She talks about how the couples who were able to negotiate just the right amount of danger, as a team, seem able to maintain both a companionate and lustful bond. She points out that two people don’t have to think or feel or want the same things, but that navigating the trouble that can arise from this very issue seemed to be a part of each of the non-monogamous couples deep attachments to one another. It seemed to be the shared commitment to go through the thorniness of these freedoms together, no matter how difficult, and to do so honestly, lovingly, and openly.

One long-time counselor/therapist and expert in polyamory, Kathy, with whom Rachel speaks numerous times throughout the book, reflects that in her experience, with the hundreds of polyamorous couples with whom she’s worked, “For most people, some degree of discomfort is inevitable in polyamorous relationships. It’s unrealistic to expect your partner being with other people to bring you joy or arousal. What matters, though, is that the arrangement is tolerable, healthy, and still worth it for all people involved.” These difficult emotions can be handled and worked through, if both people want and choose to do this. And, to some degree, they cannot all be dissipated and might just need to be sat with.

Rachel, the author, describes wanting to find a way to have long-term commitment and freedom as well. She doesn’t want cheating, nor does she want the usual of jumping from relationship to relationship, as with serial monogamy. She also doesn’t want to end up muting her true desires with one person, only and forever. I imagine that a lot of people likely identify with these conflicting desires and feelings, but end up choosing monogamy just because it seems “easier.” Even if/though over the long-term, it leaves them wanting, and in not insignificant ways.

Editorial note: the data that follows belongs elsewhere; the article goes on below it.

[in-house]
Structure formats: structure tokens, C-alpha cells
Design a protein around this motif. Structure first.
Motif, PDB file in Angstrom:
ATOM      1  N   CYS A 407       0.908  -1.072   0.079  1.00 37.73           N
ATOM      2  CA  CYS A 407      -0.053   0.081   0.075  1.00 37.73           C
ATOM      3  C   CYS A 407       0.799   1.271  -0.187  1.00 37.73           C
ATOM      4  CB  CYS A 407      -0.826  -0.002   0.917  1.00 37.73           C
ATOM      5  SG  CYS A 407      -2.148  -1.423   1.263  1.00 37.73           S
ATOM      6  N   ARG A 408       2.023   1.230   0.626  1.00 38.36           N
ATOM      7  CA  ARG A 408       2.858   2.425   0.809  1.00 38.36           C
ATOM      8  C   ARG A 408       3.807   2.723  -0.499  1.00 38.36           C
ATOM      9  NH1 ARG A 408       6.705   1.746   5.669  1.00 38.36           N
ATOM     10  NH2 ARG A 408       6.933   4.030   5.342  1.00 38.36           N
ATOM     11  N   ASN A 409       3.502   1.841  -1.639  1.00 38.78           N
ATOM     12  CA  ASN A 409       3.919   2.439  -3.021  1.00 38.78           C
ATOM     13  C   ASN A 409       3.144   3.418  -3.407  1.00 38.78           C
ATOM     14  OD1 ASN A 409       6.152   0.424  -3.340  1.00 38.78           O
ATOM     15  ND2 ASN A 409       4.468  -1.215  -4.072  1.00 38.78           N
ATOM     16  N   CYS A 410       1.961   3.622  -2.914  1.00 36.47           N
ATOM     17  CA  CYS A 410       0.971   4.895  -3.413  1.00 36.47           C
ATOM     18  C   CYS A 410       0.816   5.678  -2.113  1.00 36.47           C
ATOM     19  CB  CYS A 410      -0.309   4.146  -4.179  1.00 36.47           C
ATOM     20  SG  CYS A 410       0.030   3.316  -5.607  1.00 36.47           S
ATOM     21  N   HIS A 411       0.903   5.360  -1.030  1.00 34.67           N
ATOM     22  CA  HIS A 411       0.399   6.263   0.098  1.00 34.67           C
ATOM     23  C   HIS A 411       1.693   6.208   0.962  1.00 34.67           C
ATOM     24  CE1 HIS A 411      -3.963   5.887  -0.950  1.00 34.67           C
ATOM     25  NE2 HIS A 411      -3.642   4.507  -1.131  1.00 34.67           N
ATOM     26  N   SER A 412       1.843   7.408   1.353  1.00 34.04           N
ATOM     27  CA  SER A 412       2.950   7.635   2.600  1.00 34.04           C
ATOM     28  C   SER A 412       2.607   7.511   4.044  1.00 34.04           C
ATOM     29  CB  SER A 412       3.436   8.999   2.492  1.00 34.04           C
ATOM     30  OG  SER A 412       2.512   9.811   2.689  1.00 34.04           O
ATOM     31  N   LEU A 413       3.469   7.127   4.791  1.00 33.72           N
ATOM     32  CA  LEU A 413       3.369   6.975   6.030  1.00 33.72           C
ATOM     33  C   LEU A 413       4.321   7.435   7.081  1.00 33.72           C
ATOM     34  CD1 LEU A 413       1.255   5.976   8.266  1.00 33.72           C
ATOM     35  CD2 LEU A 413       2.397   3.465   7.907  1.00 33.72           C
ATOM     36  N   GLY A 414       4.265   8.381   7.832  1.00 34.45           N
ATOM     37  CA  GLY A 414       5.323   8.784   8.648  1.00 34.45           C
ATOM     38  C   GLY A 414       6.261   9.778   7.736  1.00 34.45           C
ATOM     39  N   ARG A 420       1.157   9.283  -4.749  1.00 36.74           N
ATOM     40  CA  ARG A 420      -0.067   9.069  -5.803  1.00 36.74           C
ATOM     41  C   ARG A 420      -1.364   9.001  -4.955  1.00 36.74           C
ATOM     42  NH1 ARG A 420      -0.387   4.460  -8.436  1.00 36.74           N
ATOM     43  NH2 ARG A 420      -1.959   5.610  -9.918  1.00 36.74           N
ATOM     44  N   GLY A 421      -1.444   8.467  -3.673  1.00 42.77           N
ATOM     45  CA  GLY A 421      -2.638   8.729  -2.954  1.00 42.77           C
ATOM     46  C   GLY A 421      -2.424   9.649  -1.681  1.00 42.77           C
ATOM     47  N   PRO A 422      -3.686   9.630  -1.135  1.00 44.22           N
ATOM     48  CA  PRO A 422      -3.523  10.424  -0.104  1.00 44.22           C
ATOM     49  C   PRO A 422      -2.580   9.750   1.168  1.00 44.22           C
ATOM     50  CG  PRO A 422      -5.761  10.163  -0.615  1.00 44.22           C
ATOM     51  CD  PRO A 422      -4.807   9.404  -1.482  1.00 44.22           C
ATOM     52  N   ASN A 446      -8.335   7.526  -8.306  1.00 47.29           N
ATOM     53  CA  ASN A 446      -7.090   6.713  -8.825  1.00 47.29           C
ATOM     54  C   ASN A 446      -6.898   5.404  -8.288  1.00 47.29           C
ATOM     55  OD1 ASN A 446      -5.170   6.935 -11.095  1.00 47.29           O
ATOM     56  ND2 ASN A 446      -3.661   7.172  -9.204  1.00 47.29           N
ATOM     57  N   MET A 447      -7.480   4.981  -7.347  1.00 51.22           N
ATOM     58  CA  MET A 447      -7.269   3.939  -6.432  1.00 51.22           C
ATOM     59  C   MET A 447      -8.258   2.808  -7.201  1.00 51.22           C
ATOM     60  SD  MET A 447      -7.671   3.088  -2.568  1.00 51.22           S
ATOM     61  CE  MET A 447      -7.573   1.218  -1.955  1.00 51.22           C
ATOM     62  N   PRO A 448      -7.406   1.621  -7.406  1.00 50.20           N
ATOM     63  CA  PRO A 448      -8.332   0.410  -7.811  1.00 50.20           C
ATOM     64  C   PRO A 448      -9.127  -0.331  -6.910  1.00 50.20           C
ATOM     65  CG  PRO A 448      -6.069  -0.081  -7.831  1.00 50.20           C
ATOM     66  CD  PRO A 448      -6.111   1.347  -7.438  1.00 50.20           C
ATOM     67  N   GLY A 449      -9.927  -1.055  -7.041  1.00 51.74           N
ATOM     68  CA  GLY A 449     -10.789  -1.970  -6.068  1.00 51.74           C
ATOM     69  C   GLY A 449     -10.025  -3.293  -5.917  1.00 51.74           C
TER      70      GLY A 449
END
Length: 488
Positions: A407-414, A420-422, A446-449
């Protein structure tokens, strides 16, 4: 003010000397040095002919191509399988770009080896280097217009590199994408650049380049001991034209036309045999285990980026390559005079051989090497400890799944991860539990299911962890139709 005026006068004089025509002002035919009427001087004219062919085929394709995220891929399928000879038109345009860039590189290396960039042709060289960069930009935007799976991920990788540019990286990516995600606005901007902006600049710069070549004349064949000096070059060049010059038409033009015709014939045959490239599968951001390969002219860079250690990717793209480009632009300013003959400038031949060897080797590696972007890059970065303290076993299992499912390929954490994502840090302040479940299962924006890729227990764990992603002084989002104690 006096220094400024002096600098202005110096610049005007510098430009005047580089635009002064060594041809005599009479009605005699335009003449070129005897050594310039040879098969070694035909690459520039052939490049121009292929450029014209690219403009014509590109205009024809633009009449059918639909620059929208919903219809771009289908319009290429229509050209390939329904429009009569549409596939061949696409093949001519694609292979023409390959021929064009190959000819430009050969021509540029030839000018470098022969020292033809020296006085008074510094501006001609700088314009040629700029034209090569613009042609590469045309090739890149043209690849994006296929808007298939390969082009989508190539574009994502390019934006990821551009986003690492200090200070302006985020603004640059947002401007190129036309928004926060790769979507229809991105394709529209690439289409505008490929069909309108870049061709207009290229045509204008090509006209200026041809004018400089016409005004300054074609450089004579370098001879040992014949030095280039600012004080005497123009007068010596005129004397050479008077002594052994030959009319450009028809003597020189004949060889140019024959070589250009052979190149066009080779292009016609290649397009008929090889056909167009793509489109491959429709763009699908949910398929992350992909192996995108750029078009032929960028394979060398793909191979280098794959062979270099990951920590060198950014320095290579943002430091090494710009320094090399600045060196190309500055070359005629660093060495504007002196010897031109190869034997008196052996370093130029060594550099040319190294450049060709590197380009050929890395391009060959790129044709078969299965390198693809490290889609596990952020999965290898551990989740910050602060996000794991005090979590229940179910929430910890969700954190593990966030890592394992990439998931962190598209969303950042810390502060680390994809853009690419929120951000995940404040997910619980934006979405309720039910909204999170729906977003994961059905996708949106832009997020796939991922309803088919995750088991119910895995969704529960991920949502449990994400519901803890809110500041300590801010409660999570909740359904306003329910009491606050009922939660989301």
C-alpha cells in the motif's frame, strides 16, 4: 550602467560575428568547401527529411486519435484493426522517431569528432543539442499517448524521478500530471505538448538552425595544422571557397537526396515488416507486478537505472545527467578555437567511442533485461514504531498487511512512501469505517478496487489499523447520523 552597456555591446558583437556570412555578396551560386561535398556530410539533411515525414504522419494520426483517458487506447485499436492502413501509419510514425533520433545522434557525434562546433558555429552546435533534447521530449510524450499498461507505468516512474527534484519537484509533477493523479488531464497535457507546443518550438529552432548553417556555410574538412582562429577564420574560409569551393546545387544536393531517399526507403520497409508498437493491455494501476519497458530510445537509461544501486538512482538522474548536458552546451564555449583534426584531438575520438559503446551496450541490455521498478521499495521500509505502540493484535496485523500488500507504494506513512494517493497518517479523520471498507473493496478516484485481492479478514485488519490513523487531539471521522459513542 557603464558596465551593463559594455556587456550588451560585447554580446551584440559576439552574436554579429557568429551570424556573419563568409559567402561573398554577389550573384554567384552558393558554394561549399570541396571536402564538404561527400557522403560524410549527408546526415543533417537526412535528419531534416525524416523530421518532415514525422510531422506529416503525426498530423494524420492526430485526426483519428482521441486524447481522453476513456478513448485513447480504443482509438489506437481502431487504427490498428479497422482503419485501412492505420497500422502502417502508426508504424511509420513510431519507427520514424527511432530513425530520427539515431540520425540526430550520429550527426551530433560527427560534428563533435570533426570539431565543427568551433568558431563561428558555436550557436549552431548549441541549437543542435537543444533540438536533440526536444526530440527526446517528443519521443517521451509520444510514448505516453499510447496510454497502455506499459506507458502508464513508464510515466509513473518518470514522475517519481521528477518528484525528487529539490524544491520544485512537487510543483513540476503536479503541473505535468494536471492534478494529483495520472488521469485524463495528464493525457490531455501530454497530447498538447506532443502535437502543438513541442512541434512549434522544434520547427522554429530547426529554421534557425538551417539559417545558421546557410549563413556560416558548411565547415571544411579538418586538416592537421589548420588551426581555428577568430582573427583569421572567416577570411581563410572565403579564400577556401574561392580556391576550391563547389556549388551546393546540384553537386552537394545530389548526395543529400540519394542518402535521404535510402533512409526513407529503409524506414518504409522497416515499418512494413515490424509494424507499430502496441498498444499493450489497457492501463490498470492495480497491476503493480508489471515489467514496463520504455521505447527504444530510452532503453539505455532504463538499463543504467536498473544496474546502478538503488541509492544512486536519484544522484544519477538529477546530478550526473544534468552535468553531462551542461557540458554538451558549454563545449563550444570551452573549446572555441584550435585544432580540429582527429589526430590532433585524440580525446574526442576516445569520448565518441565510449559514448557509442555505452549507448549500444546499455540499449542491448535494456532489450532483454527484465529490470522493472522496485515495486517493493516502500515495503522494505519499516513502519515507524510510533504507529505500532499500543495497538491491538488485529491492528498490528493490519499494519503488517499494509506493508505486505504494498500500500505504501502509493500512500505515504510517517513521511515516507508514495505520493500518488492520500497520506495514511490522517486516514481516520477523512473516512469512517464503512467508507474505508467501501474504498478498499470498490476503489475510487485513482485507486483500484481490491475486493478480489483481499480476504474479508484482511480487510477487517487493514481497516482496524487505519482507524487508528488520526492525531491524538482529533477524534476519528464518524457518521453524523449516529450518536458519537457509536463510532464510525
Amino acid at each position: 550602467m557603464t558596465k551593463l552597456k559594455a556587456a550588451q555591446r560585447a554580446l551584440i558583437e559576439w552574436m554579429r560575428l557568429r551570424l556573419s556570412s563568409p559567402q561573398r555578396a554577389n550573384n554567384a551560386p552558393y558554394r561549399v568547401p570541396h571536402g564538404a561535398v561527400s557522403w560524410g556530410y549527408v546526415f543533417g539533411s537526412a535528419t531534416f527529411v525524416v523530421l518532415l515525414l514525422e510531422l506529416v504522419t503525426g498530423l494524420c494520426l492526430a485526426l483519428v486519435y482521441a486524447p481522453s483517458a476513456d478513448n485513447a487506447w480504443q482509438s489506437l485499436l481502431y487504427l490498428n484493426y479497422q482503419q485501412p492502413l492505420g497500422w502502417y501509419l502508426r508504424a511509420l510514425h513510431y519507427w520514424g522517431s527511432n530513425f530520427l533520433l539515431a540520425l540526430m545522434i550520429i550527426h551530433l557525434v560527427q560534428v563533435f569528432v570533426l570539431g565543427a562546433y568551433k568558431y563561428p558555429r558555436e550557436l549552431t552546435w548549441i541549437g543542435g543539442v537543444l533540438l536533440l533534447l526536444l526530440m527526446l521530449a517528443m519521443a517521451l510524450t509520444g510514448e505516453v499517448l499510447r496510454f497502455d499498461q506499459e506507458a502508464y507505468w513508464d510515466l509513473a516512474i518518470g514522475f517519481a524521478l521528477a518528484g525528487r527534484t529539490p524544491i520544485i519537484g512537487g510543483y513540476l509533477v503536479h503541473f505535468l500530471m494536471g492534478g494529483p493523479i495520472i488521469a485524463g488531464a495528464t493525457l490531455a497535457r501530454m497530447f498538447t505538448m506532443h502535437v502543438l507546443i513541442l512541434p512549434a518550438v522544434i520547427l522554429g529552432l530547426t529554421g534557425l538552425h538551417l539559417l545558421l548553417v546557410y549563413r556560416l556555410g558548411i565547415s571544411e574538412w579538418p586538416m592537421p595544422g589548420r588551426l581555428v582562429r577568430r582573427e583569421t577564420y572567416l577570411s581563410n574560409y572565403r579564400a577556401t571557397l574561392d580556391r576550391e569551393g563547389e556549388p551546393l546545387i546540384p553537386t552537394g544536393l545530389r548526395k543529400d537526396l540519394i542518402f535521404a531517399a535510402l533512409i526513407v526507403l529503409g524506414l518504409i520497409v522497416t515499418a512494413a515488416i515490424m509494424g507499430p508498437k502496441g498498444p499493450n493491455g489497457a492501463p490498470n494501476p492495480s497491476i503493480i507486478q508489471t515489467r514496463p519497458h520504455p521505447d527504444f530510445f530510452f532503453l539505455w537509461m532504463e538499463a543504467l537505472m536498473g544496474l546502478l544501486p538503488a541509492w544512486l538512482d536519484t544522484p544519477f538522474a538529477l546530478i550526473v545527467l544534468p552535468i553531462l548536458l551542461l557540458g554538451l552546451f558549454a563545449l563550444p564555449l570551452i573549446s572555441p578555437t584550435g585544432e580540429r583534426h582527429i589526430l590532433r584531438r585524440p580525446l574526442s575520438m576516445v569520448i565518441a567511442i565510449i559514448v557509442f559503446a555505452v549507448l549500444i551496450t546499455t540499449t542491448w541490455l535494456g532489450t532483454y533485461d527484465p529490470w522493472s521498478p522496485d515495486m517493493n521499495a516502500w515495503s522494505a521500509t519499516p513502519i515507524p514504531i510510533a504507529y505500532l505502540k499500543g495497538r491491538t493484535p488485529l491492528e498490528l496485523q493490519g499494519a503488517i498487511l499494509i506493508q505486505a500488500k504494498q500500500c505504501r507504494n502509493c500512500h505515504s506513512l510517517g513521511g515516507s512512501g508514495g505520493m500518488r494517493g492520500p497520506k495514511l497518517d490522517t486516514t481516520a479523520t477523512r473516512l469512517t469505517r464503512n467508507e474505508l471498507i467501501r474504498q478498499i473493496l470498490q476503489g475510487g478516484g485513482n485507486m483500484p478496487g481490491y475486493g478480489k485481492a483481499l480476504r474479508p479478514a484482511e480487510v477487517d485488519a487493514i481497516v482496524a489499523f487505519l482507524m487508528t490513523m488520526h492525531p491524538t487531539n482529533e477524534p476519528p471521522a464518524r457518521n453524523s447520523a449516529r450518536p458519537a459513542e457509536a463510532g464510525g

A thought-provoking quote: “If you’d rather deal with jealousy than boredom, choose non-monogamy. If you’d rather deal with boredom than jealousy, pick monogamy.”

A thought-provoking metaphor: “In a good relationship, we are like two fingers of the same hand. The little finger doesn’t suffer from an inferiority complex and say, ‘I’m so small. I wish I were as big as the thumb.’ The thumb doesn’t have a superiority complex, saying ‘I’m more important…You have to obey me.’ Instead, there’s a perfect collaboration between them.”